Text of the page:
George Lagarias, chief economist at Mazars, delivers his popular commentary, this week focusing on Quantitative Easing(QE) and the markets reaction to risk
Global markets awoke from twelve years of a QE-induced haze to realise that the world is full of danger and risk. Meanwhile, many an active manager have changed professions and those that remain barely remember a time without the Fed’s safety net. Last week it was inflation and the Russian guessing game in Europe. The week before, it was weak earnings from Facebook. Volatility since the beginning of the year remains elevated, as the QE filter is now removed from financial markets. Investors are facing a trendless market, rife with risk, but also opportunity.
QE was never supposed to directly drive markets higher. Its primary function was to mitigate the downside, so that, naturally, mostly upside remained. In its absence, downside risks become more potent.
The primary focus of investors right now is the possibility of runaway inflation. Ukraine is closely linked to it, as the crisis is fuelling energy prices, exacerbating inflation pressures. Markets seem to be worried a lot more about inflation than central banks, which have decided to take a more measured approach in fighting higher prices. Market-implied rates are significantly above the Fed’s median rate estimate for both 2022 and 2023, suggesting a belief that the US rate-setting body is already significantly behind the curve.
Which brings us back to the original issue. Risk management, which can only begin when investors are comfortable with risk. But markets have forgotten how to deal with risk. For the past few years many fund managers found themselves under pressure from outflows due to competing passive funds. A lot of the less entrenched operators had to take on increased risk, in full knowledge that the Fed would provide a much better and cheaper blanket risk hedge than they ever could. This world turned on its head, when inflation numbers shot up and wage growth followed.
We feel that the market is not in a transitional phase, but rather at a crossroads.
On the right, a road returning to investing as we once knew it: de-correlation, higher volatility, a world where opportunity and risk co-existed. Active asset managers will probably be rewarded and economic growth, albeit volatile, will be higher.
On the left, incredibly this is still a QE-driven world. A generation of consumers will turn into a generation of caretakers, as the world battles environmental change. Most shorter-term inflation pressures will eventually subside and what remains will be modest growth, secular stagnation-level prices, plus “Green” and “China Transition” inflation. In this world, QE has only taken a hiatus, to return as investors remain sceptical about assuming risks.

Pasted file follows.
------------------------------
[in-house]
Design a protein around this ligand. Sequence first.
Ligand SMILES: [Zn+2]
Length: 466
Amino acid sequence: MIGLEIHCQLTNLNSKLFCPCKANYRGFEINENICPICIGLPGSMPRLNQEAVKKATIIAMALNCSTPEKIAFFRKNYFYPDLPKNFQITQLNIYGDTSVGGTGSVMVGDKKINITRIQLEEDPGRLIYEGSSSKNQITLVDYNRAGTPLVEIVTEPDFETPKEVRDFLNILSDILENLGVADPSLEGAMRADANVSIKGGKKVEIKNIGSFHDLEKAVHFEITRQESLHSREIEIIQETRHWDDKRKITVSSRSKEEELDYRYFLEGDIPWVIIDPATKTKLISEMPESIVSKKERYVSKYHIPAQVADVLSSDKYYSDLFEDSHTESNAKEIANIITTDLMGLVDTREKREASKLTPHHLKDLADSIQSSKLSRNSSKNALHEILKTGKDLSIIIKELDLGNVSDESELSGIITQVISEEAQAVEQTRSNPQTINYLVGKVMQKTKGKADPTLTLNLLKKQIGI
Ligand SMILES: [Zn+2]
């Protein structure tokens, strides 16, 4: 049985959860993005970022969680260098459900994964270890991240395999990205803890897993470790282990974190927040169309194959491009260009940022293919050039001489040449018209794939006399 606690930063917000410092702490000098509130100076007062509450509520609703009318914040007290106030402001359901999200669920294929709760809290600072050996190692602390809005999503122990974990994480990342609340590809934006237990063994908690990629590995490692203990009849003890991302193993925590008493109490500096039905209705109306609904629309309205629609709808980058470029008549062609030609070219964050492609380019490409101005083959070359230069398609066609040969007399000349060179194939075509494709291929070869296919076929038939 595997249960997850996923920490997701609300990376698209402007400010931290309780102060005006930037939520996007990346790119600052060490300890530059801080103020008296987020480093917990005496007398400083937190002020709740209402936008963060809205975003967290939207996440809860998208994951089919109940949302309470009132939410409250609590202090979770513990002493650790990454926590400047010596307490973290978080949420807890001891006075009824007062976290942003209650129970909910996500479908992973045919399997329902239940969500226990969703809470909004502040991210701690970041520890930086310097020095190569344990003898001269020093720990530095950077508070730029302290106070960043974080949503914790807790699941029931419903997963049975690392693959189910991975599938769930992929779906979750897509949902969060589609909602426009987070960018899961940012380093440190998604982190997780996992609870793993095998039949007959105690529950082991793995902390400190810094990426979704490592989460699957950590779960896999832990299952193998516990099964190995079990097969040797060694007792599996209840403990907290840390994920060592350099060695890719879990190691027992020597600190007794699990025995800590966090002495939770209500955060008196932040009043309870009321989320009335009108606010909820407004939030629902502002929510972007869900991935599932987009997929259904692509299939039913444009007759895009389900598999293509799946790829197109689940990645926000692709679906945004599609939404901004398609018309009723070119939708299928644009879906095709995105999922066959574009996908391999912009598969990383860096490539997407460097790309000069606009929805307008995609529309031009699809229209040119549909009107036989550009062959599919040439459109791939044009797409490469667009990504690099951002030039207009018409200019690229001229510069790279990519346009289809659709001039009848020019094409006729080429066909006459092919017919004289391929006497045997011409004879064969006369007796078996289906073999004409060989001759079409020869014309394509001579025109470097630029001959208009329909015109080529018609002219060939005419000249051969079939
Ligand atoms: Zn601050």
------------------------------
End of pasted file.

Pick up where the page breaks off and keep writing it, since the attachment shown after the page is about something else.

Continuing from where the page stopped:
Which way we will go, is really a coin-toss. The central banks’ lack of real conviction about inflation, evidenced by their paced approach to hiking rates, suggests that either they are slow to realise that the world has changed, or that they want to cover some downside risks without compromising their central strategy.
Our take is that the world tends to move forward not backward. Both of these scenarios describe a world either before 2020 or one before 2008. In reality, there’s a third path, towards a new world emerging after the pandemic. A world at the cusp of the New Green Economy and more technological revolutions wrought by Blockchain, quantum computing and possibly a new form of energy that would make redundant the internal combustion engine. A path where nations realise that globalisation can’t be scaled back and that this interconnected world needs new economic and political theories if the transition to the next phase of the nation-state is not to become dystopia. In this world, central planning is subordinated to the bottom-up forces of the economy, and the picture that emerges will not be one driven by policy but the one of the most prevailing winds. Companies understand this and focus on positioning for the next decade. Some prepare their “metaverse” and “Blockchain” strategies. Some focus on evolving hybrid work and a new way of managing. Meanwhile, supply chains are being repaired without -or even in spite of- national strategies, showcasing exactly how potent the power of businesses and innovation is to drive the economy. New theories will describe how the new world can evolve from the chaos of the old and how policy makers can restore civic supremacy.
The first two paths are easier to see, courtesy of hindsight and history. The third, and more likely, is lost in the mist. But, in our humble view, this is also the more likely one. We might not have an exact road map for it, but then again, when has there ever been one where the future (and not the past) is concerned? As asset managers, charged with preserving wealth for our clients, we need only ask ourselves not what paradigm of the past is more applicable but rather what vision of the future is more likely.